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    Lovely sword Will and very close in date to mine. Mine isn't a Toledo style blade - I don't know what you'd call it.. sort of like an HAC sword but with a 'step'. It handles pretty much like an 1895 pattern:











    Mine has a scabbard as well, silver plated.

    Matt

  15. #15
    I believe it is a straight "Percy" pattern blade.

  16. #16
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    Very nice "VR" and different Wilkinson etching. Good thick iron guard that recurves, not like the later plain ones of mild steel.
    The "VR" appears to be engraved as the foreign characters are. Must be a good story there.
    Last edited by Will Mathieson; 12-09-2012 at 02:39 PM.

  17. #17
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    Thanks Jonathan, yes that seems to be the type. Never seen one with the 'step' before though and I can't really see a sensible purpose for it, as it is sharp edged both above and below the 'step', not blunt in the forte like a Toledo.
    Matt

  18. #18
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    Is the "step" from subsequent sharpenings and not factory?

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    Hard to see in the photos from the brightness. I have a 1888p bayonet with modified diamond shaped blade, done by machine , not by hand. Could the sword have been modified with a keener edge when the engraving was added?
    Hopefully the Wilkinson proof page will have answers.

  21. #21
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  22. #22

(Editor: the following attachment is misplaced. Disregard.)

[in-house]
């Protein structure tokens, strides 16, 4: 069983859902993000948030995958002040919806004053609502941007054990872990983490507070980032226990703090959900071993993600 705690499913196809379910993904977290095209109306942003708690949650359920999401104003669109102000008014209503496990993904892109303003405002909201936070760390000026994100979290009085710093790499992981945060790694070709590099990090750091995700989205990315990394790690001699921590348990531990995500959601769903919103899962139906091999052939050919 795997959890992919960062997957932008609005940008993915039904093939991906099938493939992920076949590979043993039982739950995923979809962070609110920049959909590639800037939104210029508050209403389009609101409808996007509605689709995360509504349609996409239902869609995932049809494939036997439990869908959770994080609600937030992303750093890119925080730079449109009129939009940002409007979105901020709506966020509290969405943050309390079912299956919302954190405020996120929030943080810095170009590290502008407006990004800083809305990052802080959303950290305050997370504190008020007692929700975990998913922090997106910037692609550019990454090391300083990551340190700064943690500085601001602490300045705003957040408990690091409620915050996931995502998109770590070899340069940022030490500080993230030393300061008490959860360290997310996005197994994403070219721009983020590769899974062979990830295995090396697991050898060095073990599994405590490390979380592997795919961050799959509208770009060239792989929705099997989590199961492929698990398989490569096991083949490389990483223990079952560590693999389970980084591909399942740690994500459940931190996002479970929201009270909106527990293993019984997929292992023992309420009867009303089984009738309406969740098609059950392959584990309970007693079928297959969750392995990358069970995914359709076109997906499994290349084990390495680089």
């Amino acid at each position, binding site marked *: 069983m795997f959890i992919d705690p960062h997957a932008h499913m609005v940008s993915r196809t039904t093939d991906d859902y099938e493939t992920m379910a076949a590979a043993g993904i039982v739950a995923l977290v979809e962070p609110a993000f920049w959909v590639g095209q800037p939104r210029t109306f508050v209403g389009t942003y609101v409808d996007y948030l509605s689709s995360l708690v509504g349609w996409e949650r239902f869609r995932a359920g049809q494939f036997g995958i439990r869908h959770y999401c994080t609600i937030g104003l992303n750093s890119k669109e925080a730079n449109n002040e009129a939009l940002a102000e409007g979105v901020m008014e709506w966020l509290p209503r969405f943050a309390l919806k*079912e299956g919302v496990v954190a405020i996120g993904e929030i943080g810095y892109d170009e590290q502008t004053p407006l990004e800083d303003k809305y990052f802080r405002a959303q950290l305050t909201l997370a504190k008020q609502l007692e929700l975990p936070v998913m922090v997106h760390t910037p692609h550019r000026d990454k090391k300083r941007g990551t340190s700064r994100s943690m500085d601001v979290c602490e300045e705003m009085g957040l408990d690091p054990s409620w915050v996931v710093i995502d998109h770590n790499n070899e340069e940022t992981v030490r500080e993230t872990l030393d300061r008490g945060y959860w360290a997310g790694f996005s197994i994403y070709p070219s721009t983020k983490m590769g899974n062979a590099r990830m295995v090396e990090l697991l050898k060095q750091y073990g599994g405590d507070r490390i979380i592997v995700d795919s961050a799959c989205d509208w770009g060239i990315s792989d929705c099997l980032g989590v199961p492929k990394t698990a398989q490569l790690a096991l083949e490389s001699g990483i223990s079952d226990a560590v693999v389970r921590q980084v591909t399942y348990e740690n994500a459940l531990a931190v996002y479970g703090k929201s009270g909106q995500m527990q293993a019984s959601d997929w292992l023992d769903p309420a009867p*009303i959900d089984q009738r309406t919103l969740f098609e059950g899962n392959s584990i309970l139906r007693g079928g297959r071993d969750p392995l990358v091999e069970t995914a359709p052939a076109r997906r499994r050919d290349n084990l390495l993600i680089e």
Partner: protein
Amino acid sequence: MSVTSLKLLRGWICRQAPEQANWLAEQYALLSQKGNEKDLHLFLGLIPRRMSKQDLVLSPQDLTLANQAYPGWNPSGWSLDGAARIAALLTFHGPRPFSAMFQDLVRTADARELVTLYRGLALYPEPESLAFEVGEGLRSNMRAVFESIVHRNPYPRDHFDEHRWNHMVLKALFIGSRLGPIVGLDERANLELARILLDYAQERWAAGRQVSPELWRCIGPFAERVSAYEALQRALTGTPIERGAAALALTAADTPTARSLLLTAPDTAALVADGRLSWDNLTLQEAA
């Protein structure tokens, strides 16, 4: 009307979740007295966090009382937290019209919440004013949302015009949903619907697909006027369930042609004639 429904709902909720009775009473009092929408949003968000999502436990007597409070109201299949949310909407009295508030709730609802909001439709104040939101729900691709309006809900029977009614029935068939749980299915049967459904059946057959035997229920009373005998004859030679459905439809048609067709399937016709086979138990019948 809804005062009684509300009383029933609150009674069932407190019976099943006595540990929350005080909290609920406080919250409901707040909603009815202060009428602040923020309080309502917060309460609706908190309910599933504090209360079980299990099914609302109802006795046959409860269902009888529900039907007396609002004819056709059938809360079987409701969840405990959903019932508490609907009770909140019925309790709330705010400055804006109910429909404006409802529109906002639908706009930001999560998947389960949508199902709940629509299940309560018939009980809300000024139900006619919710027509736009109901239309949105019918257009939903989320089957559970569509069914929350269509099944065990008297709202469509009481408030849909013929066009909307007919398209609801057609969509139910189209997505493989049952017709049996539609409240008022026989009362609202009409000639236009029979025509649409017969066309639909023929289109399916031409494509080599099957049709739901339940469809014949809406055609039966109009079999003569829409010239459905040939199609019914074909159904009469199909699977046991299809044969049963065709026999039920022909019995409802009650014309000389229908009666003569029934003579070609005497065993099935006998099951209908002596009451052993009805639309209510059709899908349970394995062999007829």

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    The officer must have known that there was a good chance he would have had to use it to preserve his life.
    In Nepal and area I think it was a necessity to carry a fighting sword, not to mention the Crimea.

  23. #23
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    The side where the HW naming etch is has initials with the 7 ball coronet.

    The following are the norm
    Earl - 8 silver balls
    Viscount- 16 silver balls
    Baron =6 silver balls

    So perhaps wrongly engraved or perhaps the Viscount coronet only showing the front?????

    Have you got the Proof Docket yet? If so I would be thrilled to see it to see what it says. Let's hope that John Latham or Henry Wilkinson filled in the details!!!
    Robert
    Last edited by Robert Wilkinson-Latham; 12-10-2012 at 05:31 AM.

  24. #24
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    Wow, I thought that was just a stylised version of the VR cypher! I have been hammering away at various editions of Hart's list and I have a few possible candidates, but the Indian letters are mysterious. They correspond to the sounds 'I', 'PH' and 'EE'. Probably.. I feel that whoever had this sword engraved must have had some connection to India, which gives a few candidates in the Coldstreams (of officers who had transfered from other regiments). Of course it is entirely possible that this blade was married to a different hilt when first made in 1855 and was re-hilted a few years later.

    Just to be clear, are the letters under the coronet the owner's initials, or VR?

    I have sent off for the Wilkinson ledger page this morning, so hopefully will have it by the end of the week.
    Many thanks Robert,
    Matt

  25. #25
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    The Wilkinson ledger page can be photographed and emailed, seems simple enough and would lessen your (our) wait?

    It makes sense that it's the owners initials, if he wanted a VR it would have been etched at Wilkinsons